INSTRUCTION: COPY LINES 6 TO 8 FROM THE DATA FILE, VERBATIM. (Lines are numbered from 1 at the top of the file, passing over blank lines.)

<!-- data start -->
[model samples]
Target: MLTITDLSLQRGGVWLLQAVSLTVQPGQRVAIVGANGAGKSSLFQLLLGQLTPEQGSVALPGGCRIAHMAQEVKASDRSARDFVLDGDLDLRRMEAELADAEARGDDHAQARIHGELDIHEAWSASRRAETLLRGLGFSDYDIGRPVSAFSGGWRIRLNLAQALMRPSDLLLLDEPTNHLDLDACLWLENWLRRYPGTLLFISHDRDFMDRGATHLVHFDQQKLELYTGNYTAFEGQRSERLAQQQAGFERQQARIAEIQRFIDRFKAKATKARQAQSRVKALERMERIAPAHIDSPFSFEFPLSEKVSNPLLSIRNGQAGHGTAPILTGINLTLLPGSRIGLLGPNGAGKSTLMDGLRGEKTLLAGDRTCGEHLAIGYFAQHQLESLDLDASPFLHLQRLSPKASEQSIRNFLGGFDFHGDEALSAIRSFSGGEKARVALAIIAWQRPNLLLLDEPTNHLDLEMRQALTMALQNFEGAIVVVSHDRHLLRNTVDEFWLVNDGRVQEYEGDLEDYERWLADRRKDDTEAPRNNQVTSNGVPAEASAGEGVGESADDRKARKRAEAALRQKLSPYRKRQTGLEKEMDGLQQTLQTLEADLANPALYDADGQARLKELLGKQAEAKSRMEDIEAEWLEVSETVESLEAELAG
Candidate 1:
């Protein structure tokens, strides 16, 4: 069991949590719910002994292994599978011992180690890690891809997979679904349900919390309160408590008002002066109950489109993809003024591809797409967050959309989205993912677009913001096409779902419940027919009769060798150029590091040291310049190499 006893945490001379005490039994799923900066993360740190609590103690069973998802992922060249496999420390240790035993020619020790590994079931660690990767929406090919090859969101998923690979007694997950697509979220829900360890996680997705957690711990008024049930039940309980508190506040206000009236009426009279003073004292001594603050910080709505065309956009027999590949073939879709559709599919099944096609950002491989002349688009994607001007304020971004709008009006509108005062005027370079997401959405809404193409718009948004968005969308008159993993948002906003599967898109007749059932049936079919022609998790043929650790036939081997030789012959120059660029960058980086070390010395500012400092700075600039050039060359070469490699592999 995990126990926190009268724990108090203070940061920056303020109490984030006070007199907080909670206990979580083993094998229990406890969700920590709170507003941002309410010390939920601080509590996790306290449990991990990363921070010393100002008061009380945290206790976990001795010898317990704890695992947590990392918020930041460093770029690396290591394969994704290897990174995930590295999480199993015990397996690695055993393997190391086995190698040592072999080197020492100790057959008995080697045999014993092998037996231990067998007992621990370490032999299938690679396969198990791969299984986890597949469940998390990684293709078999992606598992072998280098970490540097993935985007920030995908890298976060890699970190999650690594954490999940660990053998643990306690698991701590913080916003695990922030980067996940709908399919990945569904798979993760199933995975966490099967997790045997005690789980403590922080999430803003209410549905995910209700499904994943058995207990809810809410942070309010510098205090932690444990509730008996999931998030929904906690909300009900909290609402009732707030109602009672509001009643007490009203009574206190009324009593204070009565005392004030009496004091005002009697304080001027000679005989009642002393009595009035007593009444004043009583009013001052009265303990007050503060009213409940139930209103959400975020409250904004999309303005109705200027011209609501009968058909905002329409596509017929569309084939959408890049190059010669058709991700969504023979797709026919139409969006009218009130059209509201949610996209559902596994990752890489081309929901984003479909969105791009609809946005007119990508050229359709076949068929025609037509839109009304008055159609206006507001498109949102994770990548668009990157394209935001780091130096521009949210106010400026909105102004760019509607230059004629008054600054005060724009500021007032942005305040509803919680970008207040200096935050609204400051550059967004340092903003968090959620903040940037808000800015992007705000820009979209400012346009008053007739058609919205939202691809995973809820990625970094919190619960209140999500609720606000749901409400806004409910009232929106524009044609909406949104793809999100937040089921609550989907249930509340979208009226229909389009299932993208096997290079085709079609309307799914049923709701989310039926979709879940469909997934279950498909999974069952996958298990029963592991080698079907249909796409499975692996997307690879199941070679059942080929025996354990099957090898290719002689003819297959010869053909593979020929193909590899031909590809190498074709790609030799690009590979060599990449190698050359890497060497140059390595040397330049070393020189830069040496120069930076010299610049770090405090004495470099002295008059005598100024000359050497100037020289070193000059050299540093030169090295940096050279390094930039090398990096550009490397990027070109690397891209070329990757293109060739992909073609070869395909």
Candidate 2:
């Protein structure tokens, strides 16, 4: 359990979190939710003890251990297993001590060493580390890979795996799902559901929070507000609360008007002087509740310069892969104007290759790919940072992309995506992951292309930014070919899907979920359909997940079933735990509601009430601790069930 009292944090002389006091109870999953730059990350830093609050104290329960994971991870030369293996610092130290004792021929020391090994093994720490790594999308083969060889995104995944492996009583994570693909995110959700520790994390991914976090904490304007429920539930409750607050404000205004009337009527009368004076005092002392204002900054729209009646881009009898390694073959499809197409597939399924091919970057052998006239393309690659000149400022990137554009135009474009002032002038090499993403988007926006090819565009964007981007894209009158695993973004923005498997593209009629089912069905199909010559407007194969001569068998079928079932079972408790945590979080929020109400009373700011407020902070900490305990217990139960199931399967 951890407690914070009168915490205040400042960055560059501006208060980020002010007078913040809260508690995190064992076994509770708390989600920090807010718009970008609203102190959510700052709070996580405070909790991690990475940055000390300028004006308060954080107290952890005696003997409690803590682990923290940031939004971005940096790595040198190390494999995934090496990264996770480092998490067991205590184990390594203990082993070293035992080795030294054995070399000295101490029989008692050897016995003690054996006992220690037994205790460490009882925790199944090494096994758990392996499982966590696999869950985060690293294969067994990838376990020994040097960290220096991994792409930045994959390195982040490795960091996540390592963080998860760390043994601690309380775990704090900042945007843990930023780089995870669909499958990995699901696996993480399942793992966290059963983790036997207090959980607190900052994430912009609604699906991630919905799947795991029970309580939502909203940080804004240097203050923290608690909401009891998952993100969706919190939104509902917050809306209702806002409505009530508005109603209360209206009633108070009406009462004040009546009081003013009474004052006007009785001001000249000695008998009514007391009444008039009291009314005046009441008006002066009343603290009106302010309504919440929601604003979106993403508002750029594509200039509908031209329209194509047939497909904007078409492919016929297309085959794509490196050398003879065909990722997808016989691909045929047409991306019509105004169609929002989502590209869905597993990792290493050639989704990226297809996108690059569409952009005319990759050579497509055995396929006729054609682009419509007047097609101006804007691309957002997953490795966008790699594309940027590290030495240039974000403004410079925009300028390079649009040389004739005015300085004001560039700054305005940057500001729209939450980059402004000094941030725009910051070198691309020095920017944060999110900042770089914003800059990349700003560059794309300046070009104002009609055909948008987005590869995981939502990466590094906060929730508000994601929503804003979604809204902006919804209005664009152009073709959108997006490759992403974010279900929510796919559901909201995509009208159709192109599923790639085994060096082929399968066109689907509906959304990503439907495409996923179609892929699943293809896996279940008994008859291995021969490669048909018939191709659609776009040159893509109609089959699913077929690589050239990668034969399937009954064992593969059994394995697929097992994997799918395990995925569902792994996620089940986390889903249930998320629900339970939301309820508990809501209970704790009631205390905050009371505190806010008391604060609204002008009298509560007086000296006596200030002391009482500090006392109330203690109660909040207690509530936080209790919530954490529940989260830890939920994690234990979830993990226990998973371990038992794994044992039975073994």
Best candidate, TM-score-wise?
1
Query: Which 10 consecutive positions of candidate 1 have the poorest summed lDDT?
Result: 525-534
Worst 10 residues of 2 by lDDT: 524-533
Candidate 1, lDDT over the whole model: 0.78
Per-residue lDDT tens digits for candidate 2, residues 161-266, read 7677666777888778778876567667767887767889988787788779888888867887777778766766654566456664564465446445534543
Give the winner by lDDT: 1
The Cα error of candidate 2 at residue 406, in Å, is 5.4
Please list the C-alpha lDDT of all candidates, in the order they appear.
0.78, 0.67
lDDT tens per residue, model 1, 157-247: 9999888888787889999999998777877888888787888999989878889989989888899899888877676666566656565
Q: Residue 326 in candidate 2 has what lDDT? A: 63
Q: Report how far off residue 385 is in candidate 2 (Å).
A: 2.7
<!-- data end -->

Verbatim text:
């Protein structure tokens, strides 16, 4: 359990979190939710003890251990297993001590060493580390890979795996799902559901929070507000609360008007002087509740310069892969104007290759790919940072992309995506992951292309930014070919899907979920359909997940079933735990509601009430601790069930 009292944090002389006091109870999953730059990350830093609050104290329960994971991870030369293996610092130290004792021929020391090994093994720490790594999308083969060889995104995944492996009583994570693909995110959700520790994390991914976090904490304007429920539930409750607050404000205004009337009527009368004076005092002392204002900054729209009646881009009898390694073959499809197409597939399924091919970057052998006239393309690659000149400022990137554009135009474009002032002038090499993403988007926006090819565009964007981007894209009158695993973004923005498997593209009629089912069905199909010559407007194969001569068998079928079932079972408790945590979080929020109400009373700011407020902070900490305990217990139960199931399967 951890407690914070009168915490205040400042960055560059501006208060980020002010007078913040809260508690995190064992076994509770708390989600920090807010718009970008609203102190959510700052709070996580405070909790991690990475940055000390300028004006308060954080107290952890005696003997409690803590682990923290940031939004971005940096790595040198190390494999995934090496990264996770480092998490067991205590184990390594203990082993070293035992080795030294054995070399000295101490029989008692050897016995003690054996006992220690037994205790460490009882925790199944090494096994758990392996499982966590696999869950985060690293294969067994990838376990020994040097960290220096991994792409930045994959390195982040490795960091996540390592963080998860760390043994601690309380775990704090900042945007843990930023780089995870669909499958990995699901696996993480399942793992966290059963983790036997207090959980607190900052994430912009609604699906991630919905799947795991029970309580939502909203940080804004240097203050923290608690909401009891998952993100969706919190939104509902917050809306209702806002409505009530508005109603209360209206009633108070009406009462004040009546009081003013009474004052006007009785001001000249000695008998009514007391009444008039009291009314005046009441008006002066009343603290009106302010309504919440929601604003979106993403508002750029594509200039509908031209329209194509047939497909904007078409492919016929297309085959794509490196050398003879065909990722997808016989691909045929047409991306019509105004169609929002989502590209869905597993990792290493050639989704990226297809996108690059569409952009005319990759050579497509055995396929006729054609682009419509007047097609101006804007691309957002997953490795966008790699594309940027590290030495240039974000403004410079925009300028390079649009040389004739005015300085004001560039700054305005940057500001729209939450980059402004000094941030725009910051070198691309020095920017944060999110900042770089914003800059990349700003560059794309300046070009104002009609055909948008987005590869995981939502990466590094906060929730508000994601929503804003979604809204902006919804209005664009152009073709959108997006490759992403974010279900929510796919559901909201995509009208159709192109599923790639085994060096082929399968066109689907509906959304990503439907495409996923179609892929699943293809896996279940008994008859291995021969490669048909018939191709659609776009040159893509109609089959699913077929690589050239990668034969399937009954064992593969059994394995697929097992994997799918395990995925569902792994996620089940986390889903249930998320629900339970939301309820508990809501209970704790009631205390905050009371505190806010008391604060609204002008009298509560007086000296006596200030002391009482500090006392109330203690109660909040207690509530936080209790919530954490529940989260830890939920994690234990979830993990226990998973371990038992794994044992039975073994």
Best candidate, TM-score-wise?
1